The medium business model is suitable for small organizations with relatively few hosts to protect, all of which may be located within a single data center.
This configuration example comprises multiple UNIX/Linux hosts located within the SME space and one or more web servers located in a DMZ.
The tunneling feature (pmtunneld), enables Privilege Manager for Unix to control privileged commands on the web servers across a firewall, within the DMZ. This configuration significantly reduces the number of open ports at the firewall.
Multiple policy server components (pmmasterd) are installed in a failover configuration, with groups of agents balanced between the policy servers. If a policy server is unavailable for any reason, the agents will failover to the alternative policy server.
Figure 4: Medium business implementation
This is an example of how a large business might deploy Privilege Manager. Some global companies prefer to fragment their requirement and deploy multiple instances as shown in the medium-sized business model.
Figure 5: Large business implementation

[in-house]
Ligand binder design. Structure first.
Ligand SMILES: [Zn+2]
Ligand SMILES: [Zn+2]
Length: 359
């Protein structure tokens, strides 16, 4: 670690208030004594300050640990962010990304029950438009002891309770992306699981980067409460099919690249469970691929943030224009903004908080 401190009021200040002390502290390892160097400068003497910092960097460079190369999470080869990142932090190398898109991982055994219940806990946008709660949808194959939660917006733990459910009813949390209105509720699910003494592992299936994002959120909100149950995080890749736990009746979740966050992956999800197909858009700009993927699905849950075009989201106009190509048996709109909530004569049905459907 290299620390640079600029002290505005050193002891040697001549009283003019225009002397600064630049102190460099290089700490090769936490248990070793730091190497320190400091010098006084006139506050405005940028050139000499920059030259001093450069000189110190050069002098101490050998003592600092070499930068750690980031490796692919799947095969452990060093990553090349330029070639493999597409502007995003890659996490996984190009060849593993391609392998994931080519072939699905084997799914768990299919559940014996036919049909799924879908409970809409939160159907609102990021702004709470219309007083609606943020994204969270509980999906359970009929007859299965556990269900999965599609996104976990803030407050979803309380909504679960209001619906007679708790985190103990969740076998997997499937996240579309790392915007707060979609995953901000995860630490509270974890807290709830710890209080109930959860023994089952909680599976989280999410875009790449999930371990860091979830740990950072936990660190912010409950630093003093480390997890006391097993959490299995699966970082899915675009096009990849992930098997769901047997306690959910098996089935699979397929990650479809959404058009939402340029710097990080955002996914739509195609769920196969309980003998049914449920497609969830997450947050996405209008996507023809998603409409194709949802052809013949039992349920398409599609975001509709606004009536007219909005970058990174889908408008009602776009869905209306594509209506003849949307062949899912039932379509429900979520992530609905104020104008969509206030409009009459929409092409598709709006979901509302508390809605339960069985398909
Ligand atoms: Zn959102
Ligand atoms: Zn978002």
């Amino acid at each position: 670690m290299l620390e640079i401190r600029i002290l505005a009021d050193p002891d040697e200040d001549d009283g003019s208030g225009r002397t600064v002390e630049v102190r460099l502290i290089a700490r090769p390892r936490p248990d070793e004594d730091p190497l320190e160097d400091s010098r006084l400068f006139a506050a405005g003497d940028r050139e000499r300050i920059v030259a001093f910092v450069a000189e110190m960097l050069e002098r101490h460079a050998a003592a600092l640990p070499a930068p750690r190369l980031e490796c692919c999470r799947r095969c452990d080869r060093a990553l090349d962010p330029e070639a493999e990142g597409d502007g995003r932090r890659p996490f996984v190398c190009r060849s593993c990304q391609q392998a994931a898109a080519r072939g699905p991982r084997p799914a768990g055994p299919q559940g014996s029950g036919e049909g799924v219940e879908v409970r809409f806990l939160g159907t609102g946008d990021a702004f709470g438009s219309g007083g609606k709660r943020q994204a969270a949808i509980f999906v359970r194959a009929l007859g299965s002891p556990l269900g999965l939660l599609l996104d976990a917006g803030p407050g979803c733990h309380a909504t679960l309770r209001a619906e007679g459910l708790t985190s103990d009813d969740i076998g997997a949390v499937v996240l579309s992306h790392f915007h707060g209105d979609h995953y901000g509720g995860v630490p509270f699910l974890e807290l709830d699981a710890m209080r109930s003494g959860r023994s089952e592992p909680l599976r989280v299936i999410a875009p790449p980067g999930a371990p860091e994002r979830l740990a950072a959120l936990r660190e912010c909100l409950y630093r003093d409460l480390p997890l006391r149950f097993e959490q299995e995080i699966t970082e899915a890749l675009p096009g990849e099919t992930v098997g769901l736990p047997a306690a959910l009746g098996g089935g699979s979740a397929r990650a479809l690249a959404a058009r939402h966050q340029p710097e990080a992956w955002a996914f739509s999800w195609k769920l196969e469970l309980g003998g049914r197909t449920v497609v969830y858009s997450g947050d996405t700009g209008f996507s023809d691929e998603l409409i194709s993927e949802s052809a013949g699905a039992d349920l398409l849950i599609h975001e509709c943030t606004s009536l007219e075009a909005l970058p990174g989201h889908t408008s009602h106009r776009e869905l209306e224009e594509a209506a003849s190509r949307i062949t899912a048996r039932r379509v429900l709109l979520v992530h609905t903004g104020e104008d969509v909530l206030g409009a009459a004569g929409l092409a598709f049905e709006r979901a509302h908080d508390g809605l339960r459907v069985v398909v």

This example is based on an organization with offices in London and New York. Again, as with the medium-sized business example, the web servers and corporate web-based applications reside in a DMZ. The requirement to run commands at an elevated level from inside the firewall remains.
Access to the web server and web applications is predominantly, but not exclusively, from the London office. Privilege Manager for Unix tunnelling components are used to breach the firewall to the DMZ.
In addition, internal firewalls are located between the offices in London and New York, and tunneling components are deployed to enable access from office to office and indeed from anywhere to the DMZ.
Within each office, multiple policy servers are configured for load balancing, with each policy server serving a number of agents.
Figure 6: Enterprise deployment implementation
You can extend each of the models described above by, for example, adding more policy servers, configuring additional load balancing, assigning dedicated audit, logging and reporting servers. The models provide a small indication of the flexibility and modular way in which you can configure and implement Privilege Manager to meet the precise requirements of any size business.
This is an overview of the steps necessary to set up your environment to use Privilege Manager software:
To configure a primary policy server
To configure a secondary policy server
To install the PM Agent on a remote host
The following topics walk you through these steps.